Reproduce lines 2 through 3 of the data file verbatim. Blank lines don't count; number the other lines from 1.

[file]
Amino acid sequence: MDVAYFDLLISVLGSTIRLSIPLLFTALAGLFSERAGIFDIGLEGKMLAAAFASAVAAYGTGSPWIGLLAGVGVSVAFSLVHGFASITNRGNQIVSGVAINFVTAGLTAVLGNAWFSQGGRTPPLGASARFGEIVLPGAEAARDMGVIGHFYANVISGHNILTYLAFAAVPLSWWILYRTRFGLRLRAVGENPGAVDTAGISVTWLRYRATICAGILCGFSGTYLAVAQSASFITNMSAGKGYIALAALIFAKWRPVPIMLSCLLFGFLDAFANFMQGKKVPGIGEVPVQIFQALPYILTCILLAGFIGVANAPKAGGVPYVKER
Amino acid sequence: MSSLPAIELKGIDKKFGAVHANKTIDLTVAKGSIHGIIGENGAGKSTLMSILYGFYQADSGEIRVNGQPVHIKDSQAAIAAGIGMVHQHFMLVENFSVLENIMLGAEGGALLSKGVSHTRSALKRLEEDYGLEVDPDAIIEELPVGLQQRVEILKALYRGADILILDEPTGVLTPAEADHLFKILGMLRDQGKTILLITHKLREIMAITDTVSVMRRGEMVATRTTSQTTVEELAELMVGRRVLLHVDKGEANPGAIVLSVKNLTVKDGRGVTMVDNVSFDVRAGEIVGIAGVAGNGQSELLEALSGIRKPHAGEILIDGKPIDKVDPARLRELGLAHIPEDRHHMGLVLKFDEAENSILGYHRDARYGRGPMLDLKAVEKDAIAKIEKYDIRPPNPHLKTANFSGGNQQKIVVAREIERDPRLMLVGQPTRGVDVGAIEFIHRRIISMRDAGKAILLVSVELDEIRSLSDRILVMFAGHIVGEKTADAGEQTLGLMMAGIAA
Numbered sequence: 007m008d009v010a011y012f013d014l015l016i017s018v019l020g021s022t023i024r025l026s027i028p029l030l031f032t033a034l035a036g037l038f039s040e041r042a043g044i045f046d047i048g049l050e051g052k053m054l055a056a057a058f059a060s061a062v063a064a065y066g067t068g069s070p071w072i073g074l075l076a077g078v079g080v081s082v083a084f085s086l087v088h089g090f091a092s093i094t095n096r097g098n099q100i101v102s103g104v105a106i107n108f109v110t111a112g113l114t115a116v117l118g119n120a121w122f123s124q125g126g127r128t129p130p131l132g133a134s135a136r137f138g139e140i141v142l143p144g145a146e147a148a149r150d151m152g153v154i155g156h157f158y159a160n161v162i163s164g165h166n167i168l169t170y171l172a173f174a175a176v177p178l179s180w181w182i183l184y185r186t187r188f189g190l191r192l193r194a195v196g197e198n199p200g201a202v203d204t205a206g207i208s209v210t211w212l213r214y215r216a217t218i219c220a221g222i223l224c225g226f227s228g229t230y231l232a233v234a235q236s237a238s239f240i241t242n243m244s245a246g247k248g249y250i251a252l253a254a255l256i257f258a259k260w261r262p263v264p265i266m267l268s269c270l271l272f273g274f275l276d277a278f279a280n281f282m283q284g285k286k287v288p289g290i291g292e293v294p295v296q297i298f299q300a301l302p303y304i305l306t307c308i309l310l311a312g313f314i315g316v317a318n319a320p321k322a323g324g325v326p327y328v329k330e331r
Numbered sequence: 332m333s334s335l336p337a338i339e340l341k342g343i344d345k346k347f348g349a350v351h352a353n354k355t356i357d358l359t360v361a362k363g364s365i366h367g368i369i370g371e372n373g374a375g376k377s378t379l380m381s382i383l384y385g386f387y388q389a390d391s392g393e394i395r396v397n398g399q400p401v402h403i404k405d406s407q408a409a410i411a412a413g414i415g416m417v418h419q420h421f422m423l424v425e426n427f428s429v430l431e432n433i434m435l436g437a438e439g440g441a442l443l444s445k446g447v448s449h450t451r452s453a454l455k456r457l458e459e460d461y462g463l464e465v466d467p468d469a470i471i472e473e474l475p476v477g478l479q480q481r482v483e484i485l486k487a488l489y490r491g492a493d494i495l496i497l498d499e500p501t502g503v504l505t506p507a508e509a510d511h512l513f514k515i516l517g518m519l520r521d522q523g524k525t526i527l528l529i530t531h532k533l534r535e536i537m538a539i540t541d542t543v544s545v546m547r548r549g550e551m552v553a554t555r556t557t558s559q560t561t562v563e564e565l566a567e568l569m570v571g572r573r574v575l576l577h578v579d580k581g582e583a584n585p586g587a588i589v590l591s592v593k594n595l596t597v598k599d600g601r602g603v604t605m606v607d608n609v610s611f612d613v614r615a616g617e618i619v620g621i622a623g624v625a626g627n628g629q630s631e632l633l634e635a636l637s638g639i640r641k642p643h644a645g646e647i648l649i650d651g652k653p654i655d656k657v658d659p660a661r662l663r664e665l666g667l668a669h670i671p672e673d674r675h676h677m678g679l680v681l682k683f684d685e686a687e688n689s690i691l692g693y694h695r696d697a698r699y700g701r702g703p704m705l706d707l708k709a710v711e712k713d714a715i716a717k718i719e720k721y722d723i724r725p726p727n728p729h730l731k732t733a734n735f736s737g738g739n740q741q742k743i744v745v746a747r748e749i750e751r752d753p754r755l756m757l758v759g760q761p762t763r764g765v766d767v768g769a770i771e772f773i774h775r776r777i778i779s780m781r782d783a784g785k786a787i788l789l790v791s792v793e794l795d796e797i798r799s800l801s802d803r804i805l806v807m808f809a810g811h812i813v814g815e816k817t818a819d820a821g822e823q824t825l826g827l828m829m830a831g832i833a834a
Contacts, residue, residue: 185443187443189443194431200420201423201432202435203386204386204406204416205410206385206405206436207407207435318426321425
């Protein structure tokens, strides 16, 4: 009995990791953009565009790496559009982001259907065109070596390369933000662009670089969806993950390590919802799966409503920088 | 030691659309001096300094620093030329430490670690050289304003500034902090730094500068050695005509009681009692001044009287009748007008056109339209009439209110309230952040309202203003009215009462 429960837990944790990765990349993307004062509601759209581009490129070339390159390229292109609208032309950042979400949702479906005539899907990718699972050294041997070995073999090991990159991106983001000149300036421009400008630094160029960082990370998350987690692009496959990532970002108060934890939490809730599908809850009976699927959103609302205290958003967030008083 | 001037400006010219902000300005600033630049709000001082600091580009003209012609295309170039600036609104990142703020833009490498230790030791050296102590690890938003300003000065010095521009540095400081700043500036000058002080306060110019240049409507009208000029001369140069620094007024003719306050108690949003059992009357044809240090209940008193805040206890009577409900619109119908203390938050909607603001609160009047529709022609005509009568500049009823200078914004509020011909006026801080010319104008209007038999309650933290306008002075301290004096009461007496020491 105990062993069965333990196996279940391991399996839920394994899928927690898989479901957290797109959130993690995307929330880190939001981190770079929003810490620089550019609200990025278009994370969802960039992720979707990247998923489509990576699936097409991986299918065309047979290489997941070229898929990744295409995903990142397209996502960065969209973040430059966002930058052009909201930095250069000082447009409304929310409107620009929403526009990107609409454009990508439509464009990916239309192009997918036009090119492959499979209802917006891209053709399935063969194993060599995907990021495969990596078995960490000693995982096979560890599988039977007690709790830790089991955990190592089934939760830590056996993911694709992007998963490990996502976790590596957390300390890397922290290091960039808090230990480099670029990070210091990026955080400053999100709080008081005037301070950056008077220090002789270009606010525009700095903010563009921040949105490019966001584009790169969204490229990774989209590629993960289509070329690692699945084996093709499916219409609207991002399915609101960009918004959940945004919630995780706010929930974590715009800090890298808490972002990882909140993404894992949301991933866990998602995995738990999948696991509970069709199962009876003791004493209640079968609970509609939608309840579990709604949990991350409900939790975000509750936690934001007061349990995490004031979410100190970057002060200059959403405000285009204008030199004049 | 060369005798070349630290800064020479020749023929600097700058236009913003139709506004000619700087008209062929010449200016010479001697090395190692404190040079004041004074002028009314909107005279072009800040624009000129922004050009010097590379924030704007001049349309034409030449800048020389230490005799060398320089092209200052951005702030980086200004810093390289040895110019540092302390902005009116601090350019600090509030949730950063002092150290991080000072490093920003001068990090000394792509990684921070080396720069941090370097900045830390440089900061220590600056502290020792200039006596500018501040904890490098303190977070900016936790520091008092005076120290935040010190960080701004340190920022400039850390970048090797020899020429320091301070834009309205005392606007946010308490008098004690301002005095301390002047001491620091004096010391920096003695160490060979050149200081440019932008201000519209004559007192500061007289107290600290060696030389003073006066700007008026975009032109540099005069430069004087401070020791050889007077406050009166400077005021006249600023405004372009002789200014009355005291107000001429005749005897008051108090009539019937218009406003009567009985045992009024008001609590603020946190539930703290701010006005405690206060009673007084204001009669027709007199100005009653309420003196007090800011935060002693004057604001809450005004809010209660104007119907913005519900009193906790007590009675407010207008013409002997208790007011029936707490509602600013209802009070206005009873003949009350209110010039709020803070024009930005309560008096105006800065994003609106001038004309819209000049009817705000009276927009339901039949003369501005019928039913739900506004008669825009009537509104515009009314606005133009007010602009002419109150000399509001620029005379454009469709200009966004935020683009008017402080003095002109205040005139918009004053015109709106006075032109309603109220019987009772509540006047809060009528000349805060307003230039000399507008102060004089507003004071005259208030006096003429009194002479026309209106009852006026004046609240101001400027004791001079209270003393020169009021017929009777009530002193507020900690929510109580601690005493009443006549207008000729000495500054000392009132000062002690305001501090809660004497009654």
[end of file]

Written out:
Amino acid sequence: MSSLPAIELKGIDKKFGAVHANKTIDLTVAKGSIHGIIGENGAGKSTLMSILYGFYQADSGEIRVNGQPVHIKDSQAAIAAGIGMVHQHFMLVENFSVLENIMLGAEGGALLSKGVSHTRSALKRLEEDYGLEVDPDAIIEELPVGLQQRVEILKALYRGADILILDEPTGVLTPAEADHLFKILGMLRDQGKTILLITHKLREIMAITDTVSVMRRGEMVATRTTSQTTVEELAELMVGRRVLLHVDKGEANPGAIVLSVKNLTVKDGRGVTMVDNVSFDVRAGEIVGIAGVAGNGQSELLEALSGIRKPHAGEILIDGKPIDKVDPARLRELGLAHIPEDRHHMGLVLKFDEAENSILGYHRDARYGRGPMLDLKAVEKDAIAKIEKYDIRPPNPHLKTANFSGGNQQKIVVAREIERDPRLMLVGQPTRGVDVGAIEFIHRRIISMRDAGKAILLVSVELDEIRSLSDRILVMFAGHIVGEKTADAGEQTLGLMMAGIAA
Numbered sequence: 007m008d009v010a011y012f013d014l015l016i017s018v019l020g021s022t023i024r025l026s027i028p029l030l031f032t033a034l035a036g037l038f039s040e041r042a043g044i045f046d047i048g049l050e051g052k053m054l055a056a057a058f059a060s061a062v063a064a065y066g067t068g069s070p071w072i073g074l075l076a077g078v079g080v081s082v083a084f085s086l087v088h089g090f091a092s093i094t095n096r097g098n099q100i101v102s103g104v105a106i107n108f109v110t111a112g113l114t115a116v117l118g119n120a121w122f123s124q125g126g127r128t129p130p131l132g133a134s135a136r137f138g139e140i141v142l143p144g145a146e147a148a149r150d151m152g153v154i155g156h157f158y159a160n161v162i163s164g165h166n167i168l169t170y171l172a173f174a175a176v177p178l179s180w181w182i183l184y185r186t187r188f189g190l191r192l193r194a195v196g197e198n199p200g201a202v203d204t205a206g207i208s209v210t211w212l213r214y215r216a217t218i219c220a221g222i223l224c225g226f227s228g229t230y231l232a233v234a235q236s237a238s239f240i241t242n243m244s245a246g247k248g249y250i251a252l253a254a255l256i257f258a259k260w261r262p263v264p265i266m267l268s269c270l271l272f273g274f275l276d277a278f279a280n281f282m283q284g285k286k287v288p289g290i291g292e293v294p295v296q297i298f299q300a301l302p303y304i305l306t307c308i309l310l311a312g313f314i315g316v317a318n319a320p321k322a323g324g325v326p327y328v329k330e331r